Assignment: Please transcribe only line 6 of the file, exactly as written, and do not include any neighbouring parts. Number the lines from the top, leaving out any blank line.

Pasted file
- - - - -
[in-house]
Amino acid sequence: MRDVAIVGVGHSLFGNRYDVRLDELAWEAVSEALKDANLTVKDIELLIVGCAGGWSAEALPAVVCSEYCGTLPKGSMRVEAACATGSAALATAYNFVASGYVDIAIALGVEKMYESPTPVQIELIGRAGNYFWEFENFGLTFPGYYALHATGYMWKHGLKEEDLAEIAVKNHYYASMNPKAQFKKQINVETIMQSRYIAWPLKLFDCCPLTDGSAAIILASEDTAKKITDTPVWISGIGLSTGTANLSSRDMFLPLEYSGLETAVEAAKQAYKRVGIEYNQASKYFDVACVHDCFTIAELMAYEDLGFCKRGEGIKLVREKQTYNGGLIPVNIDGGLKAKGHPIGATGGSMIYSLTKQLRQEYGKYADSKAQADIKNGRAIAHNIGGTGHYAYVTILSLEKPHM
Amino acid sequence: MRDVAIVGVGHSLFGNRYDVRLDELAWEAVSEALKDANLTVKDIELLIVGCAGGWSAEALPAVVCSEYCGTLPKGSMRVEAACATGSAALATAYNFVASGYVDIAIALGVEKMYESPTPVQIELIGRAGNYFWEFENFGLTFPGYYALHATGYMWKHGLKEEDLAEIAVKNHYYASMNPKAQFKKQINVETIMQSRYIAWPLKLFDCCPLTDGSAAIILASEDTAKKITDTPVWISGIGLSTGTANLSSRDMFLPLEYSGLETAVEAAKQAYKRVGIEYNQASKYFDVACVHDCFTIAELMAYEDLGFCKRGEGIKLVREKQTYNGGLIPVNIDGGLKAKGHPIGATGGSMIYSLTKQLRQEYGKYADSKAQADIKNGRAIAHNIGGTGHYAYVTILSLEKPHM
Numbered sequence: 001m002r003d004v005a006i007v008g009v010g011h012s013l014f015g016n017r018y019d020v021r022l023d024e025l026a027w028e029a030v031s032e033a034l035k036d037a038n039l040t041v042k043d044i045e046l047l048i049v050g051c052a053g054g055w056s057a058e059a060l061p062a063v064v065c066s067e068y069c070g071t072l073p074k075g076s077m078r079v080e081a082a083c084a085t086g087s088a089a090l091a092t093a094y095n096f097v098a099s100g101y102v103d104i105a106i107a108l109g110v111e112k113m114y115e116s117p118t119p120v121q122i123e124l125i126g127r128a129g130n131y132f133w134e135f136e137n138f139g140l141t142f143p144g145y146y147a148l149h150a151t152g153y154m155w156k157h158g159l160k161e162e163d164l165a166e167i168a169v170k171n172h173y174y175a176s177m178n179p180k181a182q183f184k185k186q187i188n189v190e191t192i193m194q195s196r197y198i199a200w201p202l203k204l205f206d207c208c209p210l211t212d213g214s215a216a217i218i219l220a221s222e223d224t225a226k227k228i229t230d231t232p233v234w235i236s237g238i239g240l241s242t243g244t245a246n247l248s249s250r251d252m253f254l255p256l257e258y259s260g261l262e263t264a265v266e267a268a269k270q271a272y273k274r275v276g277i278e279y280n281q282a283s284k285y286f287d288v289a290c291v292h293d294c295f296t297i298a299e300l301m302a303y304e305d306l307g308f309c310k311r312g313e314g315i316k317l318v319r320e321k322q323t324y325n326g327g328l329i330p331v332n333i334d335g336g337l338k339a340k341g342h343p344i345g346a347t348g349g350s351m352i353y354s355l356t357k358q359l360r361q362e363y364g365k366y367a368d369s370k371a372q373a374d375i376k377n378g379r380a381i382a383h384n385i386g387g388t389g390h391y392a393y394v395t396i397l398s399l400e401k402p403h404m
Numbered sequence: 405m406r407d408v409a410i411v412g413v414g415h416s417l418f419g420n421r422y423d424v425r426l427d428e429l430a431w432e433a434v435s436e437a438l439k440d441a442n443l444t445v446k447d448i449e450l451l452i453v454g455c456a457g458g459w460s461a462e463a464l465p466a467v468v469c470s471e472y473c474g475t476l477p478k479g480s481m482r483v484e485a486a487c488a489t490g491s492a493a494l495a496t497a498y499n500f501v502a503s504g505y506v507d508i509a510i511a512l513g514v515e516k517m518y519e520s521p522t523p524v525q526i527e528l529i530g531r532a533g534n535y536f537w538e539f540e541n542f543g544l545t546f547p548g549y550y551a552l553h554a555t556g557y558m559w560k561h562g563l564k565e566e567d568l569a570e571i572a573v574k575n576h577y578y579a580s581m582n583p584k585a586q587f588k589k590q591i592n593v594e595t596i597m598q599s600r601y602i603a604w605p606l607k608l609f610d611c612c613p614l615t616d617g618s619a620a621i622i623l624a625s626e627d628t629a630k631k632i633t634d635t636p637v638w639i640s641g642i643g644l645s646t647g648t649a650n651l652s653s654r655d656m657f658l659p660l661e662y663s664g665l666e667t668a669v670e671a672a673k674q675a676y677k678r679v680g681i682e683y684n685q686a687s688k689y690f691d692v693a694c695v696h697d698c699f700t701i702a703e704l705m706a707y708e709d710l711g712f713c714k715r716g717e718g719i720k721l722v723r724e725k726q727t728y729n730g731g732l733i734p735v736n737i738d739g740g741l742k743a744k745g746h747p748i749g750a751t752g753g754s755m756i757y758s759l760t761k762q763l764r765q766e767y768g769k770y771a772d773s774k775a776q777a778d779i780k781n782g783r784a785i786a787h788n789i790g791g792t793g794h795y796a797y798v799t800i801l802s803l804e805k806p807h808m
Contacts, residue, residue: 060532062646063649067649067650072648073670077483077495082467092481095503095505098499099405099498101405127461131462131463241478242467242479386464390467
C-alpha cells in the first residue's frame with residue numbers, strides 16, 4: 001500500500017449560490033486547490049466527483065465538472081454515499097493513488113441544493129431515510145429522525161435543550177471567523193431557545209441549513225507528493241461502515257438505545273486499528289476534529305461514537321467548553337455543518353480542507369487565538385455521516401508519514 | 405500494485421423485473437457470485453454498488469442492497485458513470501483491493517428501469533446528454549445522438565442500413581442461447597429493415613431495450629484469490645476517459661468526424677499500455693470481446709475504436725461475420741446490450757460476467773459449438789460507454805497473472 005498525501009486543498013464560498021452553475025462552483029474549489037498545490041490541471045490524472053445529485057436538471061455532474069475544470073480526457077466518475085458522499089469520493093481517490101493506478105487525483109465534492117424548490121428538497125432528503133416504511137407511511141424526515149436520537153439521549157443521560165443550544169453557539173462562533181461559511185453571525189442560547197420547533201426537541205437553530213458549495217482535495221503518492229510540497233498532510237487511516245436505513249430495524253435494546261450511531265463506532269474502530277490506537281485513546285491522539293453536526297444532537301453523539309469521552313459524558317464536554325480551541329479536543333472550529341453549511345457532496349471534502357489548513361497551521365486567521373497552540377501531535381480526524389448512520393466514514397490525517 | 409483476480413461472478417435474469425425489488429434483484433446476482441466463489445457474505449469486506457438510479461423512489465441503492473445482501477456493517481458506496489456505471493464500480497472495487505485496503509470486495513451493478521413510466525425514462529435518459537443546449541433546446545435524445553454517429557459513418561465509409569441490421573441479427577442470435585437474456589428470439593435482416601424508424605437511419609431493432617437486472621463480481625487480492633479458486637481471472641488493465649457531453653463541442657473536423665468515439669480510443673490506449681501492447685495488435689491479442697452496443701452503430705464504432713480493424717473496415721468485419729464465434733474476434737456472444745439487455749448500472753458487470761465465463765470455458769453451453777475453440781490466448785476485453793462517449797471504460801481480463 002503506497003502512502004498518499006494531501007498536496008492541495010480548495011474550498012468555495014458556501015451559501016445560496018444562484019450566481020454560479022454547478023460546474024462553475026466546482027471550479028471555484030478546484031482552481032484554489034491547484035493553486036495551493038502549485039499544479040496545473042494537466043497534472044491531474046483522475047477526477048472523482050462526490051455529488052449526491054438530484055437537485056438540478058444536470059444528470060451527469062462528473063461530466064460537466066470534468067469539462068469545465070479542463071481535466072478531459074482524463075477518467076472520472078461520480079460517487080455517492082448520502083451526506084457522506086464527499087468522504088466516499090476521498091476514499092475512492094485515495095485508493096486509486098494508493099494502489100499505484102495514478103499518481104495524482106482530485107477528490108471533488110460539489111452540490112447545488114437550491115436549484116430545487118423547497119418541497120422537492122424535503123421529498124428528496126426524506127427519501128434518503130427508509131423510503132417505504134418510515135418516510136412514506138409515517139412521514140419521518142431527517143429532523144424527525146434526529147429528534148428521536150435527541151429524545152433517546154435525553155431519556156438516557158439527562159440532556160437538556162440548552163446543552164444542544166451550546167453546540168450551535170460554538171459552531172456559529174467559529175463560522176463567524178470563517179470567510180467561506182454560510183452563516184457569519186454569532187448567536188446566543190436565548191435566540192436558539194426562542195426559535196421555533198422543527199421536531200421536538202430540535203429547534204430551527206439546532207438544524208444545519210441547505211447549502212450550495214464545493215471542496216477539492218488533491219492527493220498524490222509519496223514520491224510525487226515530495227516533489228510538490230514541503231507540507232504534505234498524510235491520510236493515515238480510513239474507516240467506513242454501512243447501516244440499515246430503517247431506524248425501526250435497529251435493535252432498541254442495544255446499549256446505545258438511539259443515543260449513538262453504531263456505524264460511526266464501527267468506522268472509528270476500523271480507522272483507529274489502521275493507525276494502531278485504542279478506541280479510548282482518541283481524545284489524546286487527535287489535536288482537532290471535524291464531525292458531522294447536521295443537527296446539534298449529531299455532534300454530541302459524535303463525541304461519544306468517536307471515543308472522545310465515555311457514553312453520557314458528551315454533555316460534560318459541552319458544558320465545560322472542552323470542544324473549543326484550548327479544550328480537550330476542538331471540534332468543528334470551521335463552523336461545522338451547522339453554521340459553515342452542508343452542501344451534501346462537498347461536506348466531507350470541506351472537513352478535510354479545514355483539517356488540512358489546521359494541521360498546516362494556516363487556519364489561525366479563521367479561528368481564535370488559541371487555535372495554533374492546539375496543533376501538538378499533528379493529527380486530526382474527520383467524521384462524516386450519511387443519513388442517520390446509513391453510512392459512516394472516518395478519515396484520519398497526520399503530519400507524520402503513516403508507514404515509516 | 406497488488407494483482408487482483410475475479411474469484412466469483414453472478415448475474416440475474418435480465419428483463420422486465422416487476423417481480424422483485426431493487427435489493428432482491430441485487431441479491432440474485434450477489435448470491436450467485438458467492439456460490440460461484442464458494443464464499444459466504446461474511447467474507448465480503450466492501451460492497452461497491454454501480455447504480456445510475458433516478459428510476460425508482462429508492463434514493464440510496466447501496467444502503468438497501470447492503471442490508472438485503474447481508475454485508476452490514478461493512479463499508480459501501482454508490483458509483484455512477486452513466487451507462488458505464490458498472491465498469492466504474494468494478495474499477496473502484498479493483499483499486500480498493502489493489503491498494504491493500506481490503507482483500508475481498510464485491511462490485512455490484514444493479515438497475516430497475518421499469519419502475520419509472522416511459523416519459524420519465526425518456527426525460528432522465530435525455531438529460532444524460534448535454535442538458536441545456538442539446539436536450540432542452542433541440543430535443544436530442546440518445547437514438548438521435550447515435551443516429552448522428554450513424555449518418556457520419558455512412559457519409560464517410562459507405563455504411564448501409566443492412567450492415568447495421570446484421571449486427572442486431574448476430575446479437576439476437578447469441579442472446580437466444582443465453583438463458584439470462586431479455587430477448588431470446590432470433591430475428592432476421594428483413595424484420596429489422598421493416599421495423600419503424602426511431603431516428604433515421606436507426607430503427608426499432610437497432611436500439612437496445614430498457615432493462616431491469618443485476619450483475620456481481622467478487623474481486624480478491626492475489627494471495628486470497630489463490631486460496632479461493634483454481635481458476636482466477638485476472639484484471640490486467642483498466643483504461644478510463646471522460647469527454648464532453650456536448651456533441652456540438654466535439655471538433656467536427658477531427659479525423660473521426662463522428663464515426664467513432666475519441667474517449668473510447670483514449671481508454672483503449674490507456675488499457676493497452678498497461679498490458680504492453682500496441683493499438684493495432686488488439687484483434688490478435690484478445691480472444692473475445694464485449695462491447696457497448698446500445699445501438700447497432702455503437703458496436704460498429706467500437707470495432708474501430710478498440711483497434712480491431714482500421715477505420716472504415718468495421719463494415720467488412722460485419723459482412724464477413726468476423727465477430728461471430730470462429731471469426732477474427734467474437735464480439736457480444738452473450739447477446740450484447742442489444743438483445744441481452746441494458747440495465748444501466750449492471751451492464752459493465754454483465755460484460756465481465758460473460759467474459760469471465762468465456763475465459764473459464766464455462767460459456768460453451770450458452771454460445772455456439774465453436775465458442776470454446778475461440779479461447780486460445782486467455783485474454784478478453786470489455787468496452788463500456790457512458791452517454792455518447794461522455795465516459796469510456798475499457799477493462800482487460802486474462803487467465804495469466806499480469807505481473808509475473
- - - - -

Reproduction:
Contacts, residue, residue: 060532062646063649067649067650072648073670077483077495082467092481095503095505098499099405099498101405127461131462131463241478242467242479386464390467